4 garlic cloves, minced
6 eggs
3/4 cup heavy cream
Salt and freshly ground black pepper
Freshly grated nutmeg
4 ounces goat cheese
1/2 cup freshly grated Parmesan cheese
1/4 cup chopped fresh chives

Preheat the oven to 400*F.

Lay the  peppers on a baking sheet and roast them, turning them as needed, until the skins are well charred all over, about 30 minutes. Then put the peppers in a plastic bag and let them steam for about 20 minutes. Once the peppers are cool enough to handle, peel off the charred skin and cut the roasted peppers into strips. Set the strips aside.

Reduce the oven temperature to 350*F.

Rinse the chopped potatoes under cold running water, drain, and pat dry. Set them aside.

Heat 2 tablespoons of the olive oil and 1 tablespoon of the butter in an ovenproof skillet. When the mixture is foaming, add the prosciutto and leeks, and cook until the prosciutto is crispy and the leeks are translucent, about 10 minutes. Transfer the mixture to a plate and set it aside.

Add 1 more tablespoon each butter and olive oil to the skillet, and cook the potatoes over medium heat until they are tender, about 15 minutes. Stir in the garlic, and remove the skillet from the heat.

In a large bowl, whisk the eggs with the cream. Season with plenty of salt, pepper, and nutmeg. Stir in the cooked leeks and prosciutto, the goat cheese, most of the Parmesan, the chopped chives, and the roasted peppers. Pour this over the potatoes in the skillet, stirring gently to combine. Put the skillet back on the heat and cook for just a couple of minutes, until the bottom of the frittata is beginning to set.

Transfer the skillet to the oven, and cook for 10 minutes, until the frittata is just firm to the touch. Invert the frittata onto a large plate. (I think the top looks nicer, so I suggest flipping it back again.) Then allow it to rest for 5 minutes (it has far less flavor when it's piping hot). Garnish with the remaining Parmesan, cut into wedges, and serve.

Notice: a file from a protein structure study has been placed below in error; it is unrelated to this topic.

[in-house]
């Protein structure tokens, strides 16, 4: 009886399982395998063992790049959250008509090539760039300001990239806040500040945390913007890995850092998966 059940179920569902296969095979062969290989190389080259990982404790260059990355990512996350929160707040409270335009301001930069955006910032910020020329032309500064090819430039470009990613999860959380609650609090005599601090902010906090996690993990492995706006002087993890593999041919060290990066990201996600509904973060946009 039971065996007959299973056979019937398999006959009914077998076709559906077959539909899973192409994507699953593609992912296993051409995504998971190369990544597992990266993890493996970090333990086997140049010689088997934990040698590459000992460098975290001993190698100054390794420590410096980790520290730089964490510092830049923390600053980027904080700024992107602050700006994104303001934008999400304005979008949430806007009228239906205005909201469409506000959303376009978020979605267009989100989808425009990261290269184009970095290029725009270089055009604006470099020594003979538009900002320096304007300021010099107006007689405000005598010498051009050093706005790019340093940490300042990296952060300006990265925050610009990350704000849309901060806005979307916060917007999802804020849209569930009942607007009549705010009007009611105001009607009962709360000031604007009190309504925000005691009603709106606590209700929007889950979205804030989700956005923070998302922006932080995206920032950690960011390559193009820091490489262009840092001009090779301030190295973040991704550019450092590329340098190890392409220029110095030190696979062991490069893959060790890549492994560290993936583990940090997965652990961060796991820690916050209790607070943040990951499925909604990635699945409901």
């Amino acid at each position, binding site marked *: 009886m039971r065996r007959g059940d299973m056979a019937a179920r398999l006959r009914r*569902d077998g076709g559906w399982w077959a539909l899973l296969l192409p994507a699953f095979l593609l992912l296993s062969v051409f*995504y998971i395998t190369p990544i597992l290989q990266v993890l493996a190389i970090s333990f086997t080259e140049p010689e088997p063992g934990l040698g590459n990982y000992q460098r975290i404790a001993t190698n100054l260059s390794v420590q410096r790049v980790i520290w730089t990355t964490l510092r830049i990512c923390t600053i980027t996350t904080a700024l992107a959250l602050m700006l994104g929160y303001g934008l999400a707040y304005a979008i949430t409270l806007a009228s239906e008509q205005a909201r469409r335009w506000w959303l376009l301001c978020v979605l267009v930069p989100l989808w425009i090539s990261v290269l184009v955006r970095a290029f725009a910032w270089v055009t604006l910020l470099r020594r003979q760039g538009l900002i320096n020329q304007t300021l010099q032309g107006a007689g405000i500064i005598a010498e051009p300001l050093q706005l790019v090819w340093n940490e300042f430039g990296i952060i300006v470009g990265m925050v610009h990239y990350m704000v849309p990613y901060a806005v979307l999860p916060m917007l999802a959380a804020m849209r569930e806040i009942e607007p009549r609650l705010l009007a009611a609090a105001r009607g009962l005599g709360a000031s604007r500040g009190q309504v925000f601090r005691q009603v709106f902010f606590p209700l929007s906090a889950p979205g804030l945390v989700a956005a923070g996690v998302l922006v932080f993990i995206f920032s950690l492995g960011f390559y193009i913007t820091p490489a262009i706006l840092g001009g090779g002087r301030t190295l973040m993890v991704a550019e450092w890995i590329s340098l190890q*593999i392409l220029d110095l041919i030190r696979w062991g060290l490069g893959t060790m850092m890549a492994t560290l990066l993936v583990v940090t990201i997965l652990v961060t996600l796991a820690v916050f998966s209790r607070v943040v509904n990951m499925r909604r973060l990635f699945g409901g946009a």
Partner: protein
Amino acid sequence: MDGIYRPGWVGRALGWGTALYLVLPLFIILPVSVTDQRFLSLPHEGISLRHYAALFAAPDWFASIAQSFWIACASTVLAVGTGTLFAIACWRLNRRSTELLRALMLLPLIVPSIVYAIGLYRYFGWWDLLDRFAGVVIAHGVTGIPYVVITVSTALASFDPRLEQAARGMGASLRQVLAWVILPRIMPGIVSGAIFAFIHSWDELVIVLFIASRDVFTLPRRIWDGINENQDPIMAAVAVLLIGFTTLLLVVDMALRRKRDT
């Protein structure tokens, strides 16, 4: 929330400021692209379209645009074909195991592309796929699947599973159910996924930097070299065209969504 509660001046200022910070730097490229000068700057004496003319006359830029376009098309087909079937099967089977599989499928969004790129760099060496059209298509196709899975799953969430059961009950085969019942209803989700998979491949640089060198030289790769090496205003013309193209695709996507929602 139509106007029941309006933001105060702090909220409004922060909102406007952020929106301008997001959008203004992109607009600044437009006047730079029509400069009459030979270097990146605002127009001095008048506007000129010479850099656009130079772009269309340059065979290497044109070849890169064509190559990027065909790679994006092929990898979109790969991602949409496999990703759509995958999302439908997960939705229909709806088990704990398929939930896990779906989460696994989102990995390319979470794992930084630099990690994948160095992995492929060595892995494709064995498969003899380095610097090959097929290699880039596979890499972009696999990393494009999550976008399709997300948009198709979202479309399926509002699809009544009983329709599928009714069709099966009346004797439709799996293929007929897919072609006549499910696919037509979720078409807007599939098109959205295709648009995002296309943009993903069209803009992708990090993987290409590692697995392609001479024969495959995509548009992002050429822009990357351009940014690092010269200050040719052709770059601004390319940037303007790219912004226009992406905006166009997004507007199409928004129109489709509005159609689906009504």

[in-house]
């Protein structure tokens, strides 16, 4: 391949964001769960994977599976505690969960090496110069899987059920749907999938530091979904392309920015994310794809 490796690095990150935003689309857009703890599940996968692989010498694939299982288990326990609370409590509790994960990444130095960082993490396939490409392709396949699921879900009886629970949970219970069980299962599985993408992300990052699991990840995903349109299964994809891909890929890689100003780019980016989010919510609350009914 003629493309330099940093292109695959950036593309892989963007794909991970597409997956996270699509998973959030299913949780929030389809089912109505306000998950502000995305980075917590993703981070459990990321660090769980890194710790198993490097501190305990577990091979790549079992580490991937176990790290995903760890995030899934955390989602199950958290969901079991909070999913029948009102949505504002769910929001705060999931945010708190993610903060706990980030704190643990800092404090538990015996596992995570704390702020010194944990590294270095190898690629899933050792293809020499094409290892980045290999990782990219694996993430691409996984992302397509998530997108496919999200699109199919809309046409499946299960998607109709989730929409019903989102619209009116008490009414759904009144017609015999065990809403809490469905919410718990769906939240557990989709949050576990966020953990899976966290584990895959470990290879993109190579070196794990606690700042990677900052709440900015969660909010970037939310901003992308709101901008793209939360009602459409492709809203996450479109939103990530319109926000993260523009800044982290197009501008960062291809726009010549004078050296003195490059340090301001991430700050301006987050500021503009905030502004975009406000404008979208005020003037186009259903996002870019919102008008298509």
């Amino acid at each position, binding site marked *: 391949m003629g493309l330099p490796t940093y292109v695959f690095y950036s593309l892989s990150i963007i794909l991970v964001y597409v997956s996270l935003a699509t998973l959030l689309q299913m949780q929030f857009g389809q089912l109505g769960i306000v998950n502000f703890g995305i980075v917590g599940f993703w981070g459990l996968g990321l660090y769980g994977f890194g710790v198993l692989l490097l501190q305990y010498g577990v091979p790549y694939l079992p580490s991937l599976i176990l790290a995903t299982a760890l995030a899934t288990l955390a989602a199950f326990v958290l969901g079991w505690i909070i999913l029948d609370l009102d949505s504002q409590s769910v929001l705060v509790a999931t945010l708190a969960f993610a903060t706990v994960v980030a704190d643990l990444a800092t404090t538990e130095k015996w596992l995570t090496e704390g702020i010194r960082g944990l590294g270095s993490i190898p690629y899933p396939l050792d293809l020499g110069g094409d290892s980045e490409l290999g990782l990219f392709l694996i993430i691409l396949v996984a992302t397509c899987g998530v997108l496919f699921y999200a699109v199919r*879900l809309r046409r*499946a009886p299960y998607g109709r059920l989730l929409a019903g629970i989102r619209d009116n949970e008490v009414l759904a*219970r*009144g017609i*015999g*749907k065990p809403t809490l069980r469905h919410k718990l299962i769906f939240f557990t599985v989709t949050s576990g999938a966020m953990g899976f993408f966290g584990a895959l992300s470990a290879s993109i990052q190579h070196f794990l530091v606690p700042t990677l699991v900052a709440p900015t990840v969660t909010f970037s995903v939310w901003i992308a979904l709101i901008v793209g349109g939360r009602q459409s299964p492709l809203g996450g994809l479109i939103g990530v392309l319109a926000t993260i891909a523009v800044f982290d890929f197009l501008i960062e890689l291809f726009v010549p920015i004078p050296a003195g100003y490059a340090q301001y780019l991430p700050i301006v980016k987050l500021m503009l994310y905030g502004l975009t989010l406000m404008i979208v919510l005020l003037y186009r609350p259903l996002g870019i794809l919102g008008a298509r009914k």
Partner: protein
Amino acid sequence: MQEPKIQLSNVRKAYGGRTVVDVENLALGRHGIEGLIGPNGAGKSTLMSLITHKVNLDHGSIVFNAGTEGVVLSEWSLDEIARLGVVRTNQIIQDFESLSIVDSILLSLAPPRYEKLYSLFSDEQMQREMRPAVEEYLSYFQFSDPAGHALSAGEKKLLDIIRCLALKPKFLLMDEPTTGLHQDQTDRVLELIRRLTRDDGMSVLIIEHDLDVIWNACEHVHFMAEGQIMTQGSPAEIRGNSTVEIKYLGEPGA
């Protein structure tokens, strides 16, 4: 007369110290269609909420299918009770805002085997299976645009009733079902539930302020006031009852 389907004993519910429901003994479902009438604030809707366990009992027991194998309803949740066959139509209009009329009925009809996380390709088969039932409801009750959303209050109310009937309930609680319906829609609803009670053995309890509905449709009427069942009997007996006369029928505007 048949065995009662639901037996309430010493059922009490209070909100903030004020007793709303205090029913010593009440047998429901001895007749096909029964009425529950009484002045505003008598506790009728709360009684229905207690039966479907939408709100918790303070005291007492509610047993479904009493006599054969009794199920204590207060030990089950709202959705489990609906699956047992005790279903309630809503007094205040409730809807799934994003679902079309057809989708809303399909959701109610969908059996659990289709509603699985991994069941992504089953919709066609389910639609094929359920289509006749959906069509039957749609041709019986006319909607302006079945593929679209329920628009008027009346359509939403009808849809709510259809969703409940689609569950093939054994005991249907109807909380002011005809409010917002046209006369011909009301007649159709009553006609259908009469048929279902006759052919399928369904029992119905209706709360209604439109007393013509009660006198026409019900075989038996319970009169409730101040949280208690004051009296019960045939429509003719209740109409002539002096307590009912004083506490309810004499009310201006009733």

This made for a light but yet delicious dinner pared with a Mixed Green Salad and a glass of my favorite white wine. There is nothing better than a Frittata made with the freshest of ingredients, I consider this "comfort food".  I also have an Herb Garden so the chives are just a short walk out the back door. There is something so therapeutic about cutting fresh herbs from your garden to use in a recipe.

Go by and visit Michael Lee's blogging party, there are many wonderful and varied recipes shared. You can access her blog by clicking HERE.

Friday, November 4, 2011

Emeril's Red Beans and Rice

Yesterday a friend asked for a crock pot recipe that I had from another friend. It seems she lost track of the recipe and it was a quick and easy recipe for a working young mom. It reminded me that I had recently prepared Emeril's recipe for Red Beans and Rice and if you have the time it is well worth the time to prepare it. It is absolutely delicious.

Emeril’s Red Beans and Rice

1 pound dried red beans

1 tablespoon vegetable oil

1 cup chopped yellow onions

1/2 cup chopped green bell peppers

2 tablespoons minced garlic